To say that I was scared about the birth of my second baby was like saying that having a newborn is tiring, in other words, a massive understatement! My first birth had left me traumatised (you can read about it here) and I was desperately worried that the same thing would happen again this time round, but coupled with an intense terror of having the same experience in hospital.
I think that the only reason I even found myself pregnant in the first place was because we moved away from the area that my daughter was born in, if it had been a case of having to go to that same hospital again, I genuinely believe she would have been an only child.
First time around, I had wanted a waterbirth. I had read all the books, I knew about picturing waves and breathing the baby out and had read a wonderful book by the fabulous Ina May Gaskin but everything had gone wrong for me from the minute I’d set foot in the car to go to the hospital. I wish I’d done it differently, although maybe, with my daughter having been back to back, the exact same thing would have happened if I’d gone for a home birth and it could all have ended disastrously……although I don’t really believe that!
This time, I was stronger. I knew more about birth, I’d done it for a start! The first time I had believed wholeheartedly that the midwives are the Gods of the maternity ward and that I must listen to them and comply even if my body was telling me different. Not this time! I was prepared to stand my ground.
I was determined to do it my way and take help where needed, but I was in charge! Really I wanted a home birth, but there were a few factors that stood in our way. We were renting at the time and the house wasn’t very big, I didn’t think I’d be able to squeeze a pool in and I also didn’t fancy all the clearing up after! We also had one child already, and I didn’t want her to witness it if it all went wrong. I also didn’t want to be distracted worrying about her and her needs while I was trying to focus on me. The last one was that my husband wasn’t keen. He had been left incredibly shaken up after our daughter’s birth and was very scared that something similar would happen again and I wouldn’t make it to hospital on time and he’d lose us both.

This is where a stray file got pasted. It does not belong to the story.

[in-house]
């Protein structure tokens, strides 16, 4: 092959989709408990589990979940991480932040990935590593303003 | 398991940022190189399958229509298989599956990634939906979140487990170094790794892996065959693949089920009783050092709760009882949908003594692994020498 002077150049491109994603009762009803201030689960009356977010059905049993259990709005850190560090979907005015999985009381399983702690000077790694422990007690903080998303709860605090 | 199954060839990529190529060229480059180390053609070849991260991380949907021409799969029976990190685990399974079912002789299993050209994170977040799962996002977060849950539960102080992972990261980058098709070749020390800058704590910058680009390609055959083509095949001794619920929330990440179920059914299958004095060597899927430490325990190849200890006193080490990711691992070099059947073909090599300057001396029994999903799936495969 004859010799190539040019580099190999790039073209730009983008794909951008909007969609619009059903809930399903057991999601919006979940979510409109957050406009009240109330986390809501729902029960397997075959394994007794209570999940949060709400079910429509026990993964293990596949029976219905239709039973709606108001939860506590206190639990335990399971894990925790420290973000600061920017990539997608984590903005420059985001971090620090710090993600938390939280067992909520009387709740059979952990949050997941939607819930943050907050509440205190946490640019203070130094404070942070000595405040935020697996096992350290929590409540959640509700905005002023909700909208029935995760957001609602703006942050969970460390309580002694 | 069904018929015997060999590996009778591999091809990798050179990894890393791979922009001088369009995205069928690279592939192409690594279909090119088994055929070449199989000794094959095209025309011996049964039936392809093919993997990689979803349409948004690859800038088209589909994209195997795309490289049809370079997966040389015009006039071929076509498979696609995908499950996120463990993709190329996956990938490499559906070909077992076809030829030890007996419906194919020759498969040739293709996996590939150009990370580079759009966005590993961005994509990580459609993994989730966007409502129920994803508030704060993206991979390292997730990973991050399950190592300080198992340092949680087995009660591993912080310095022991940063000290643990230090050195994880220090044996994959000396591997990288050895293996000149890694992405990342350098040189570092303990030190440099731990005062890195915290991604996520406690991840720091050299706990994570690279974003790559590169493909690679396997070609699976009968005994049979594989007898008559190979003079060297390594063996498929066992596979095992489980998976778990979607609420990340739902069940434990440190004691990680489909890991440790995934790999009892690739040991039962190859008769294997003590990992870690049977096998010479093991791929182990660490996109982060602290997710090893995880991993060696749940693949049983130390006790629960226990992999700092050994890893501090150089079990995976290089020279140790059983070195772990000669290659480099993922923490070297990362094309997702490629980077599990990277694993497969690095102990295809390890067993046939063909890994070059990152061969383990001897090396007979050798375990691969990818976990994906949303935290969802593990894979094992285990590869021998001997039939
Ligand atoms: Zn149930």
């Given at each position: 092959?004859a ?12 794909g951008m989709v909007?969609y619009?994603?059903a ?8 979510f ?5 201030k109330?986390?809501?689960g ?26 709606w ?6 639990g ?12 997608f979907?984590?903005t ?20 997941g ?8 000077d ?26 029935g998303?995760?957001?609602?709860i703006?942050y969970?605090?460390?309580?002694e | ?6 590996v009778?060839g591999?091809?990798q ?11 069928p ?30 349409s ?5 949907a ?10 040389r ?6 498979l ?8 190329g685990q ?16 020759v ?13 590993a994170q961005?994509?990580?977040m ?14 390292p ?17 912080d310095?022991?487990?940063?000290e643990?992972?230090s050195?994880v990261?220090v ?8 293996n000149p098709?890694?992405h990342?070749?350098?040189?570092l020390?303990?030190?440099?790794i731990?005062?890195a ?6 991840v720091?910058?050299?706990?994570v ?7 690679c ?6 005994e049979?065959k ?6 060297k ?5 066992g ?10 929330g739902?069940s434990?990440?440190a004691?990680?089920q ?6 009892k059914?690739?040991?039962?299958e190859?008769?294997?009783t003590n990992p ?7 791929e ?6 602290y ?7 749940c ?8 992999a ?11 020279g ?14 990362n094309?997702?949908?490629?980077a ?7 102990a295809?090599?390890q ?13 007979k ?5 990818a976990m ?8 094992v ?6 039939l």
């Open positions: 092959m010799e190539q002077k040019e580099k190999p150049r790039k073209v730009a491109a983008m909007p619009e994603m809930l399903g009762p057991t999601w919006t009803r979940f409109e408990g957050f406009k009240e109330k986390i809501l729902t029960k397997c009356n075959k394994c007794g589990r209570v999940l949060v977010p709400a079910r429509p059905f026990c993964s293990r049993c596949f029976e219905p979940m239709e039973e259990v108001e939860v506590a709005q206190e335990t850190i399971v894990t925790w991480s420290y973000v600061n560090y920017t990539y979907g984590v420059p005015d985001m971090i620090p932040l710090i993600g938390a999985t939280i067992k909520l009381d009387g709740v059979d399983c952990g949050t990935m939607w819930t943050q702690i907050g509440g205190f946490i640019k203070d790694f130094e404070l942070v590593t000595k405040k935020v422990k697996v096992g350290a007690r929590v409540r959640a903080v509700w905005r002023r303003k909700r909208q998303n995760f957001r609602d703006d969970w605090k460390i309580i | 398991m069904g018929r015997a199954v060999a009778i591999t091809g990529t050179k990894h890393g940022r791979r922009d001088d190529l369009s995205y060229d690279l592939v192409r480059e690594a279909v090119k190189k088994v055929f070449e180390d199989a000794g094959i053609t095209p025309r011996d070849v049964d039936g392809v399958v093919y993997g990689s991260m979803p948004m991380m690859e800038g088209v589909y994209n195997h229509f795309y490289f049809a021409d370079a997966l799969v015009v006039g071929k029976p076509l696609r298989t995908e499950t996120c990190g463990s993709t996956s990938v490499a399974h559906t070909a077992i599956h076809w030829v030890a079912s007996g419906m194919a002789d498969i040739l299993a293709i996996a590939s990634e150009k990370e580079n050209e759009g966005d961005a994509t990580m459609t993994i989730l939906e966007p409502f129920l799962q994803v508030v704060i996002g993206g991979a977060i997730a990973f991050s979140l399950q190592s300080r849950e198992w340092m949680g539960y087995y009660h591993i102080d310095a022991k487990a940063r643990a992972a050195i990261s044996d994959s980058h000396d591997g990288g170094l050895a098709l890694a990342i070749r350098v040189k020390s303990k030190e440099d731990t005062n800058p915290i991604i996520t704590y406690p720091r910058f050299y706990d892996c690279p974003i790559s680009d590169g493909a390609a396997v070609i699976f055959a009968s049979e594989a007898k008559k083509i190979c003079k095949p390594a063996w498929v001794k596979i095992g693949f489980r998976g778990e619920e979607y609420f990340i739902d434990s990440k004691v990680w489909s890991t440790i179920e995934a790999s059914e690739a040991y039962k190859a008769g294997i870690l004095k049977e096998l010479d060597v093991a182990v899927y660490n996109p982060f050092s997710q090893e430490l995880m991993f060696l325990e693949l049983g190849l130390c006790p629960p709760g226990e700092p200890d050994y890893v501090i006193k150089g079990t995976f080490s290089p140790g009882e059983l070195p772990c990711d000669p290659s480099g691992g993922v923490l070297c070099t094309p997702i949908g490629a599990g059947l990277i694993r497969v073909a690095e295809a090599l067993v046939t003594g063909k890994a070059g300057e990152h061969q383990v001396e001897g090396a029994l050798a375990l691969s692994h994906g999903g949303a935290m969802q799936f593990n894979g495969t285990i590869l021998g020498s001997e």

Luckily for us, our local hospital has the Cheltenham Aveta Birth Centre. I’d heard wonderful things about birth centres in general and decided that this was probably a very good middle ground. It would mean we were out of the house, we had medical care on hand and would be transferred faster in the event of a problem as there were ambulances on site. My husband was still unsure though. The ambulance would have to take us to another town, would there be enough time? So we went to look round and a chat.
From the second I walked through those doors, I knew it was where I wanted to have my baby. It was beautiful; light and airy with lots of lovely little touches, rocking chairs, sofas, colour changing lights, kettles and mugs in each room for making tea (that was the clincher! 😉 ) and the midwives were exactly how I’d hoped them to be. Friendly and relaxed, they put us totally at our ease, reassuring my husband, about transfer times, telling us our midwife wouldn’t leave us if we had to go in and turning my absolute fear into something bordering on excitement about the impending arrival. I felt safe there.
When I started getting contractions one afternoon, I didn’t believe it. I’d done it before, knew the signs of labour, and yet I was doubtful. I yet again thought it was trapped wind! My Mum had to make a 3 and a half hour journey to come and look after my daughter and I didn’t want her to speed over for what was essentially air! I also knew that I couldn’t leave it too late as I didn’t want her to have to drive late at night. In the end, my husband told me I was being ridiculous and trapped wind wouldn’t be bothering me the same amount of time apart for several hours and so we phoned her. She arrived at around 10pm, had a cup of tea and went to bed to give us some privacy.